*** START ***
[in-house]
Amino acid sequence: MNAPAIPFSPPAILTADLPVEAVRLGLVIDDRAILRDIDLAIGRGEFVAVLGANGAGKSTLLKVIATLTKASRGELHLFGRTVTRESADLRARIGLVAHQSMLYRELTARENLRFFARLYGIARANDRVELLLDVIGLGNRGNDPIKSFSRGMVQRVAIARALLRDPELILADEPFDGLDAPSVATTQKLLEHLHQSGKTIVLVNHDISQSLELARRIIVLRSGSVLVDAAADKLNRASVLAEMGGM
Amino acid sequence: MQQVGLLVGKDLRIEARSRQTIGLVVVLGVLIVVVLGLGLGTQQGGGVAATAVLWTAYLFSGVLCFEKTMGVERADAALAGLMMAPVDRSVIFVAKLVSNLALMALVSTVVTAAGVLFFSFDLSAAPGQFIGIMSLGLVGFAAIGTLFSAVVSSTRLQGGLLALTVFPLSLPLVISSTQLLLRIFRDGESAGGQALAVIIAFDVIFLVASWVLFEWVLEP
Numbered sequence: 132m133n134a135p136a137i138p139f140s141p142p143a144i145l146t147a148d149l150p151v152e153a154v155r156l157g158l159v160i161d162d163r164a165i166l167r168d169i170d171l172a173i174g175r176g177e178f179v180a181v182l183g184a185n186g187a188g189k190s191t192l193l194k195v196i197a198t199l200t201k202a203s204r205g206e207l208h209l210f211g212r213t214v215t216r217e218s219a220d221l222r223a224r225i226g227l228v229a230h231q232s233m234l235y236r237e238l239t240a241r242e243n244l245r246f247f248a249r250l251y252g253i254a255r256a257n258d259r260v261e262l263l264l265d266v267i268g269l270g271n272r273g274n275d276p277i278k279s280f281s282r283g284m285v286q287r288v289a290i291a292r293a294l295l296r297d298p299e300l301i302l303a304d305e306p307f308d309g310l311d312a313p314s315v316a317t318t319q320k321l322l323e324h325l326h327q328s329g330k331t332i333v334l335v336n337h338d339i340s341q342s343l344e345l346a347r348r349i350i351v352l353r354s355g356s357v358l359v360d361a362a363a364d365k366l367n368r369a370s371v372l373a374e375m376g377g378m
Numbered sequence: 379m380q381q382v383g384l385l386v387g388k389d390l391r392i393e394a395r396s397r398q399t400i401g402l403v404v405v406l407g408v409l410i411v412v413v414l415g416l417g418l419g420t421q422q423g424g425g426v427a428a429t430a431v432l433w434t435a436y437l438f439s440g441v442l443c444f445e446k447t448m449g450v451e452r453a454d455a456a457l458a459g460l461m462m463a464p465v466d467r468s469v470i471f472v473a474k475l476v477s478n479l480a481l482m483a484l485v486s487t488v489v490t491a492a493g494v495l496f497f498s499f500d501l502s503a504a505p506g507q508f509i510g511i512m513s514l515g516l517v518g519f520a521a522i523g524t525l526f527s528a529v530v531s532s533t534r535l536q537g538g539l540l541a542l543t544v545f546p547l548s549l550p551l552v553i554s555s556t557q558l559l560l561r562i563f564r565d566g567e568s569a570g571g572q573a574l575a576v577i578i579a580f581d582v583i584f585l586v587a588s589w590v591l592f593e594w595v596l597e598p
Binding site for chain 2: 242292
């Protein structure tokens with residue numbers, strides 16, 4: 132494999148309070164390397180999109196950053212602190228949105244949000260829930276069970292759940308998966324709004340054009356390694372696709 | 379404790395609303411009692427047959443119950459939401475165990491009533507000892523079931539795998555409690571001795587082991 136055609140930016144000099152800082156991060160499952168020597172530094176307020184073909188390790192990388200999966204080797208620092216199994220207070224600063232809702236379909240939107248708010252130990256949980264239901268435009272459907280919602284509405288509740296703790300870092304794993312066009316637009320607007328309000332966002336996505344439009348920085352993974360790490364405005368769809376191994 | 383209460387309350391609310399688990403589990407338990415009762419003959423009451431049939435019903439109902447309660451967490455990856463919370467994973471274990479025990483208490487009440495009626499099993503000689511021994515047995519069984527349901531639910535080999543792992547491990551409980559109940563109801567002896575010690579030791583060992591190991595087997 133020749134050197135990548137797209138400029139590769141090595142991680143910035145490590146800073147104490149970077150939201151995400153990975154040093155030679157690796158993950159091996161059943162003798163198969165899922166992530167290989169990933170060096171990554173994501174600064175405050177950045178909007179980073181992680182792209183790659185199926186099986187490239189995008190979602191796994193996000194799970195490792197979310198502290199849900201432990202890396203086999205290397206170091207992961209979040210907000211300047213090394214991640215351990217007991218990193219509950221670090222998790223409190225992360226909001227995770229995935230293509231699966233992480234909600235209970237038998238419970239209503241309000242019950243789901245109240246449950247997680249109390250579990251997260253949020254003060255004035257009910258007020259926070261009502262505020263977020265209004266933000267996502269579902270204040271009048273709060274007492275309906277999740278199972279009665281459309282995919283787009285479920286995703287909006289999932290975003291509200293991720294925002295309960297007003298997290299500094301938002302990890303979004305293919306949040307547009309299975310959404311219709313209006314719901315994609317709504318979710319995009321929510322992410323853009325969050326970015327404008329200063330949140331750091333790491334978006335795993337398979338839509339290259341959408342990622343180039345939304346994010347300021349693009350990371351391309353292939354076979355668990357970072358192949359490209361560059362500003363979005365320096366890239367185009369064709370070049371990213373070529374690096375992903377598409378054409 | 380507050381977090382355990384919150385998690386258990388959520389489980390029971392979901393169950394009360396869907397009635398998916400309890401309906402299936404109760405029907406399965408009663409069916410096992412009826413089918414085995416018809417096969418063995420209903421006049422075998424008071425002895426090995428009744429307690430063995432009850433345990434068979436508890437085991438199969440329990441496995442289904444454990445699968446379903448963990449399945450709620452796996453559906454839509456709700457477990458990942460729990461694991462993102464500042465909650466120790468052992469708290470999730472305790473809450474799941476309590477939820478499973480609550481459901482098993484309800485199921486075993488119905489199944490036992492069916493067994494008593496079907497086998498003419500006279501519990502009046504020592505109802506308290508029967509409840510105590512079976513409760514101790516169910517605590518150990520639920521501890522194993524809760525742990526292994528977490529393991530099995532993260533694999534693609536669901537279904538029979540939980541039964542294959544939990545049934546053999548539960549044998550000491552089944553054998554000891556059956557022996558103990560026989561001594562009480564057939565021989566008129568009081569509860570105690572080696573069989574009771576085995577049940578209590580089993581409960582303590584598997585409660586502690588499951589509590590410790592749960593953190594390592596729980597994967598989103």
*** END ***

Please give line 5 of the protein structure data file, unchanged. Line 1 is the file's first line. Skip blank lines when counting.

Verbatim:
Numbered sequence: 379m380q381q382v383g384l385l386v387g388k389d390l391r392i393e394a395r396s397r398q399t400i401g402l403v404v405v406l407g408v409l410i411v412v413v414l415g416l417g418l419g420t421q422q423g424g425g426v427a428a429t430a431v432l433w434t435a436y437l438f439s440g441v442l443c444f445e446k447t448m449g450v451e452r453a454d455a456a457l458a459g460l461m462m463a464p465v466d467r468s469v470i471f472v473a474k475l476v477s478n479l480a481l482m483a484l485v486s487t488v489v490t491a492a493g494v495l496f497f498s499f500d501l502s503a504a505p506g507q508f509i510g511i512m513s514l515g516l517v518g519f520a521a522i523g524t525l526f527s528a529v530v531s532s533t534r535l536q537g538g539l540l541a542l543t544v545f546p547l548s549l550p551l552v553i554s555s556t557q558l559l560l561r562i563f564r565d566g567e568s569a570g571g572q573a574l575a576v577i578i579a580f581d582v583i584f585l586v587a588s589w590v591l592f593e594w595v596l597e598p